"The meaning of kindness is a recurring theme. Every time Glory does something for Jack, he responds, 'That's kind of you,' a phrase that increasingly carries more than politeness. We learn, with Jack and Glory, that kindness is a difficult virtue, a complex obligation between giver and receiver. Toward the end of the book, Jack's father, sick and tired, says in irritation that he doesn't have the strength for kindness anymore. An urgent question resonates on every page: What is a good life? It is a question that Jack, Glory and Ames ponder with deep seriousness. Another is the meaning of grace. If it is God's love, how does it manifest itself? Robinson answers both obliquely, in her loving embrace and deep respect for her saints and sinners. She renders the inner and outer workings of their lives not as painful fact, but as poetry bathed in the beauty of her language."—Brigitte Frase, Star Tribune (Minneapolis)

"The finely honed language of Home reveals an artist at the peak of her powers."—Pat MacEnulty, The Charlotte Observer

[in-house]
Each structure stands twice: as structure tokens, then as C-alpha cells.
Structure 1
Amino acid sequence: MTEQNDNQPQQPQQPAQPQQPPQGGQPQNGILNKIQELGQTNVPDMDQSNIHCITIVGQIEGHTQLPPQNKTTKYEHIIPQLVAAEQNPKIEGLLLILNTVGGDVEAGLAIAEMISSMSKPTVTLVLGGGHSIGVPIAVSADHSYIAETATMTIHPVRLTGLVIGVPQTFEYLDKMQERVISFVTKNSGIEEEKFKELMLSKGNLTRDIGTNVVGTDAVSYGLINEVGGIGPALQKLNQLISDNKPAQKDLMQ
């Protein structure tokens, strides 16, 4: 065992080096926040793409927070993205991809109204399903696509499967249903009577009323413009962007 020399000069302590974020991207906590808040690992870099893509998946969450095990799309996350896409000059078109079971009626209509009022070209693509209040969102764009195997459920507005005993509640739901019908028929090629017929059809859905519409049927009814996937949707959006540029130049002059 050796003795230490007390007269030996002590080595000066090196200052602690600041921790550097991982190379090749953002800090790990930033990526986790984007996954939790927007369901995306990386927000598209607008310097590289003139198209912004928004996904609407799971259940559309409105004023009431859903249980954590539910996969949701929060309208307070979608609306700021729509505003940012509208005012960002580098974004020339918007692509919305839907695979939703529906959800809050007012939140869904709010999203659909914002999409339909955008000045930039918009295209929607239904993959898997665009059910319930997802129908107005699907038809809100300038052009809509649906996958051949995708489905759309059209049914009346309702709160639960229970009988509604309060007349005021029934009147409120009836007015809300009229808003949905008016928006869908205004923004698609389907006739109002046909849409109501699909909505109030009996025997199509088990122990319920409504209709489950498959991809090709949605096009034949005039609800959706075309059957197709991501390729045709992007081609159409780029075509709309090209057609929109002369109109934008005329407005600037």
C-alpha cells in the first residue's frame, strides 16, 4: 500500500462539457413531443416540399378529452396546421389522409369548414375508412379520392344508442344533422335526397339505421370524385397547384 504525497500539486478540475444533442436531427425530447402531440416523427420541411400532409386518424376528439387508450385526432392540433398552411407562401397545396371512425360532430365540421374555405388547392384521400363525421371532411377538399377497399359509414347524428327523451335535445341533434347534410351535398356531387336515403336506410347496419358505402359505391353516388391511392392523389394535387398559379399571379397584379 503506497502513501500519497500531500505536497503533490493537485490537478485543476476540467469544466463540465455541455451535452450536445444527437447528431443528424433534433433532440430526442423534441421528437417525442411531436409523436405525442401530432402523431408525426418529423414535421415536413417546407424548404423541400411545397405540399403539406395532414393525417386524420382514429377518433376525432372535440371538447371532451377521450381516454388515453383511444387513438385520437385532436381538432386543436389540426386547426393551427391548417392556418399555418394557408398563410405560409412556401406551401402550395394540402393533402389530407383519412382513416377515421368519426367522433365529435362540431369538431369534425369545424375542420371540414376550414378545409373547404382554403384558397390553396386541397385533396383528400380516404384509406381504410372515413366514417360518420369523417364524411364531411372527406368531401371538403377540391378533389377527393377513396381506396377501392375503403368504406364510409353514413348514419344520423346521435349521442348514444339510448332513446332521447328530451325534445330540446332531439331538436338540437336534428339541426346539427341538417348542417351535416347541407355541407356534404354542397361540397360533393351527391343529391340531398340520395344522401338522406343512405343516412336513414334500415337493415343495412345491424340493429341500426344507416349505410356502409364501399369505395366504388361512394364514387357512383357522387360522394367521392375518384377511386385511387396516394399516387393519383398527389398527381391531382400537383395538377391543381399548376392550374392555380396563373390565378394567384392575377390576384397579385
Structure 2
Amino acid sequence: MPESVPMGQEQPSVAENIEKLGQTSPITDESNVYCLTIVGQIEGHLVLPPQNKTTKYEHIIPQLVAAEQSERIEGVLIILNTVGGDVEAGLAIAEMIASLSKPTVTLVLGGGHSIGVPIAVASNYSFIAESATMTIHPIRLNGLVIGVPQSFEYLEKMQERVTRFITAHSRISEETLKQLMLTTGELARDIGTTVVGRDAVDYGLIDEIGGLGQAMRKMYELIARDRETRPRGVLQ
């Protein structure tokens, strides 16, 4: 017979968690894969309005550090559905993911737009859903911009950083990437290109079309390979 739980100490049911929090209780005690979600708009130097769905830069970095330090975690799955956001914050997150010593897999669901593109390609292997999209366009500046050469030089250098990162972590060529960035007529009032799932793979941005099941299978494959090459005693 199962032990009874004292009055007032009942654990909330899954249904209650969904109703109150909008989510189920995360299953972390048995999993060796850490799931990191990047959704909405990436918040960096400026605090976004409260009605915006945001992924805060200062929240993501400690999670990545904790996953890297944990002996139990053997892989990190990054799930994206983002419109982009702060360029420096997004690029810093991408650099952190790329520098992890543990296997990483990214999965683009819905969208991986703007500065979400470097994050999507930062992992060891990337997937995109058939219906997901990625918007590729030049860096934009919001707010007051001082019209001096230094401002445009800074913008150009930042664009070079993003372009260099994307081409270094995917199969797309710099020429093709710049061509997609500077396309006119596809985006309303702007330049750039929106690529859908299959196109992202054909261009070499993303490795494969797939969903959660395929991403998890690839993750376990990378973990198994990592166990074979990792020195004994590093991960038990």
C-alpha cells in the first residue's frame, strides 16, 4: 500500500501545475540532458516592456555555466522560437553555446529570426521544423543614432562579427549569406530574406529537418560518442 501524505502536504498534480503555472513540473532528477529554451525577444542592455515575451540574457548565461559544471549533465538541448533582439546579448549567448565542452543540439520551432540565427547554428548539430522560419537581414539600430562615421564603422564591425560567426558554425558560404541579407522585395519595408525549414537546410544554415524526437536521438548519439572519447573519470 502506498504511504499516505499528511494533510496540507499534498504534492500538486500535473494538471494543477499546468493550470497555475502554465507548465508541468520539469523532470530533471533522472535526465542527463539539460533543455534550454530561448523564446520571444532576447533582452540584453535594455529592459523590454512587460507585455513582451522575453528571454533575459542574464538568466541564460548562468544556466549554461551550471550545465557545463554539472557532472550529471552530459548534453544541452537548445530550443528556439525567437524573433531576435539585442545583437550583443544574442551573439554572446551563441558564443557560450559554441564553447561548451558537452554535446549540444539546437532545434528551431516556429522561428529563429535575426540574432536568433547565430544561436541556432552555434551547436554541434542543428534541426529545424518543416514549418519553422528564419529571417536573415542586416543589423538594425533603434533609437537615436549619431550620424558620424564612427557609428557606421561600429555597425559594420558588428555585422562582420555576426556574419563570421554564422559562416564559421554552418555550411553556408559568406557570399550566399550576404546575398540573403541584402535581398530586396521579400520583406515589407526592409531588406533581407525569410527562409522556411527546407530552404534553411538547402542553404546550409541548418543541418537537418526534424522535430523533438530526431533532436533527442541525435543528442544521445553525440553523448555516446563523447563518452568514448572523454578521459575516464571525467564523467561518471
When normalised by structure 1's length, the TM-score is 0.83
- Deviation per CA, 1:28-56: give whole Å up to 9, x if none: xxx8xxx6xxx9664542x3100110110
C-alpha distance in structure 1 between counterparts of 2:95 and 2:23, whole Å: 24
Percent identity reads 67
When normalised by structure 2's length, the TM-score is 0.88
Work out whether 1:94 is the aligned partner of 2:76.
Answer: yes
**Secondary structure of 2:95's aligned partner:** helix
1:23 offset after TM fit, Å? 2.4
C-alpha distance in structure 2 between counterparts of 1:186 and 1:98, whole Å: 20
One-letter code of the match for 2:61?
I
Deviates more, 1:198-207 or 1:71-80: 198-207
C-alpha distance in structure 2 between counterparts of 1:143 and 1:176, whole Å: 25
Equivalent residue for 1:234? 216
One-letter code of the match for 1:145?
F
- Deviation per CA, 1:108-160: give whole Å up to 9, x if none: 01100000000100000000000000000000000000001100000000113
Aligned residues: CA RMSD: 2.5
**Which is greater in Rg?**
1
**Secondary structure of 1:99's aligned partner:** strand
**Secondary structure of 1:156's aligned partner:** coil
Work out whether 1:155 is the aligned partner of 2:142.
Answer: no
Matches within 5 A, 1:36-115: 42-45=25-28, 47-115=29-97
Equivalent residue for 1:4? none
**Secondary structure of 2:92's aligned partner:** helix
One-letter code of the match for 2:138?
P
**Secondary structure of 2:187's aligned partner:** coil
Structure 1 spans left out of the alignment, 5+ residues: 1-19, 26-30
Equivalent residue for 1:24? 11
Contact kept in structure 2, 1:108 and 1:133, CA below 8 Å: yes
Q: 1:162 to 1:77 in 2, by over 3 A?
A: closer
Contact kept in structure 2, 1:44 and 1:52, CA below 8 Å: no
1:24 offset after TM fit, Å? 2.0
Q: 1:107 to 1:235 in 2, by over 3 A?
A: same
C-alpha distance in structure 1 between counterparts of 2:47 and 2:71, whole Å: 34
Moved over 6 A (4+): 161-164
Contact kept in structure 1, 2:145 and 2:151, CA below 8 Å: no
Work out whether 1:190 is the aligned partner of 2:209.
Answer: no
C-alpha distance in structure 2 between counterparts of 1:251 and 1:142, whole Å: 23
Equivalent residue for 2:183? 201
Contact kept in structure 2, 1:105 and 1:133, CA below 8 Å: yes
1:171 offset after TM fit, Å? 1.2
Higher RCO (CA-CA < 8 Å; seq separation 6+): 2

"Robinson's authorial voice—sometimes as unstinting as an Old Testament prophet, sometimes as comforting as a beloved hymn—always has the ring of the gospel truth."—Gigi Lehman, The Miami Herald

"Masterful . . . Home is a quietly brilliant picture of small-town Protestant America of the 1950s, a quiet exploration of the contradictions in religion and societal or human nature."—Geeta Sharma-Jensen, Milwaukee Journal Sentinel

"[Home] is that rare book (Gilead, her previous novel, is another) that treats religion and believers with neither condescension nor acclaim. The writer is knowledgeable about religious belief yet gives no hint of attempting to influence readers' beliefs. Instead she presents each character as fully human, with flaws, good intentions and actions, anxieties and aspirations. And we come to care for each of them nearly as much as the writer does . . . Robinson's mastery of voice and character keep us engaged and rapt by their struggles with belief and hope, their relationships with one another. The prose forces us to slow our reading, then holds us to the extent that we are disappointed that it ends. The care with which Robinson has created these characters is the care required to love those around us—both those we like and those we don't. Yet she doesn't set out to teach us that lesson; she simply creates good art."—Gordon Houser, The Wichita Eagle